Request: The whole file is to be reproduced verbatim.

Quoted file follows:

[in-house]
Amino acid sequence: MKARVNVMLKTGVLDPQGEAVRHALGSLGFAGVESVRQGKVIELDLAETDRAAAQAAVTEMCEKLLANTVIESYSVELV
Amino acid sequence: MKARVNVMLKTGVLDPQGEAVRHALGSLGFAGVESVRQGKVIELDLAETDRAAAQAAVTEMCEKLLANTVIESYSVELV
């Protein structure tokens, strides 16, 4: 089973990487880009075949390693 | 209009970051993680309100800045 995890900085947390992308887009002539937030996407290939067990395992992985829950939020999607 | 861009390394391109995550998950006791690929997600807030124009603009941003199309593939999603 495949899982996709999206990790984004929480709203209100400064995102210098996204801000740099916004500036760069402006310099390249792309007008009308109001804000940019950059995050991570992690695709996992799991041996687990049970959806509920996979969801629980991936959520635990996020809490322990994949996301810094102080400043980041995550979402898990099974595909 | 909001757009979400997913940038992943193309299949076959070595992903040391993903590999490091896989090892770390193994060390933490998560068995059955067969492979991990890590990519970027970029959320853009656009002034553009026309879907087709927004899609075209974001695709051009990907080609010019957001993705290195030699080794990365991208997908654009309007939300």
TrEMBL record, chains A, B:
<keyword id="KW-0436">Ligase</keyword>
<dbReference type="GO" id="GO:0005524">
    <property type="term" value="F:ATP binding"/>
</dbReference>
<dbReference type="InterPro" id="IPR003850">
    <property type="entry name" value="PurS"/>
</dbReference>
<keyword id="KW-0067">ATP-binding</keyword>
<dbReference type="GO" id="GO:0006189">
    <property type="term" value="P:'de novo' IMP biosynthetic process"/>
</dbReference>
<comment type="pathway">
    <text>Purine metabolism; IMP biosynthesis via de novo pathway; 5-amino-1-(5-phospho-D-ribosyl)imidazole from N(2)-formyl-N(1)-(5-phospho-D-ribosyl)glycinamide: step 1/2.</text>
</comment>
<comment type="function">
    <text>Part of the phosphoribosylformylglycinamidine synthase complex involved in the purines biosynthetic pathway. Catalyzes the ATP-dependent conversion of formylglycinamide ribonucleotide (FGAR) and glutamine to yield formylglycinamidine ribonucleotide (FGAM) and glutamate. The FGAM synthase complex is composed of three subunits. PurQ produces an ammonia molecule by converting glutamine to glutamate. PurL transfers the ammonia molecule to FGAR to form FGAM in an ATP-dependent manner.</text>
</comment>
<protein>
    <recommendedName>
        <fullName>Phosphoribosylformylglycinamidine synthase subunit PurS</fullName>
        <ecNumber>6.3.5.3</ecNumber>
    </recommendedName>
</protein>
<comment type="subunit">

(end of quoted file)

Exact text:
[in-house]
Amino acid sequence: MKARVNVMLKTGVLDPQGEAVRHALGSLGFAGVESVRQGKVIELDLAETDRAAAQAAVTEMCEKLLANTVIESYSVELV
Amino acid sequence: MKARVNVMLKTGVLDPQGEAVRHALGSLGFAGVESVRQGKVIELDLAETDRAAAQAAVTEMCEKLLANTVIESYSVELV
């Protein structure tokens, strides 16, 4: 089973990487880009075949390693 | 209009970051993680309100800045 995890900085947390992308887009002539937030996407290939067990395992992985829950939020999607 | 861009390394391109995550998950006791690929997600807030124009603009941003199309593939999603 495949899982996709999206990790984004929480709203209100400064995102210098996204801000740099916004500036760069402006310099390249792309007008009308109001804000940019950059995050991570992690695709996992799991041996687990049970959806509920996979969801629980991936959520635990996020809490322990994949996301810094102080400043980041995550979402898990099974595909 | 909001757009979400997913940038992943193309299949076959070595992903040391993903590999490091896989090892770390193994060390933490998560068995059955067969492979991990890590990519970027970029959320853009656009002034553009026309879907087709927004899609075209974001695709051009990907080609010019957001993705290195030699080794990365991208997908654009309007939300």
TrEMBL record, chains A, B:
<keyword id="KW-0436">Ligase</keyword>
<dbReference type="GO" id="GO:0005524">
    <property type="term" value="F:ATP binding"/>
</dbReference>
<dbReference type="InterPro" id="IPR003850">
    <property type="entry name" value="PurS"/>
</dbReference>
<keyword id="KW-0067">ATP-binding</keyword>
<dbReference type="GO" id="GO:0006189">
    <property type="term" value="P:'de novo' IMP biosynthetic process"/>
</dbReference>
<comment type="pathway">
    <text>Purine metabolism; IMP biosynthesis via de novo pathway; 5-amino-1-(5-phospho-D-ribosyl)imidazole from N(2)-formyl-N(1)-(5-phospho-D-ribosyl)glycinamide: step 1/2.</text>
</comment>
<comment type="function">
    <text>Part of the phosphoribosylformylglycinamidine synthase complex involved in the purines biosynthetic pathway. Catalyzes the ATP-dependent conversion of formylglycinamide ribonucleotide (FGAR) and glutamine to yield formylglycinamidine ribonucleotide (FGAM) and glutamate. The FGAM synthase complex is composed of three subunits. PurQ produces an ammonia molecule by converting glutamine to glutamate. PurL transfers the ammonia molecule to FGAR to form FGAM in an ATP-dependent manner.</text>
</comment>
<protein>
    <recommendedName>
        <fullName>Phosphoribosylformylglycinamidine synthase subunit PurS</fullName>
        <ecNumber>6.3.5.3</ecNumber>
    </recommendedName>
</protein>
<comment type="subunit">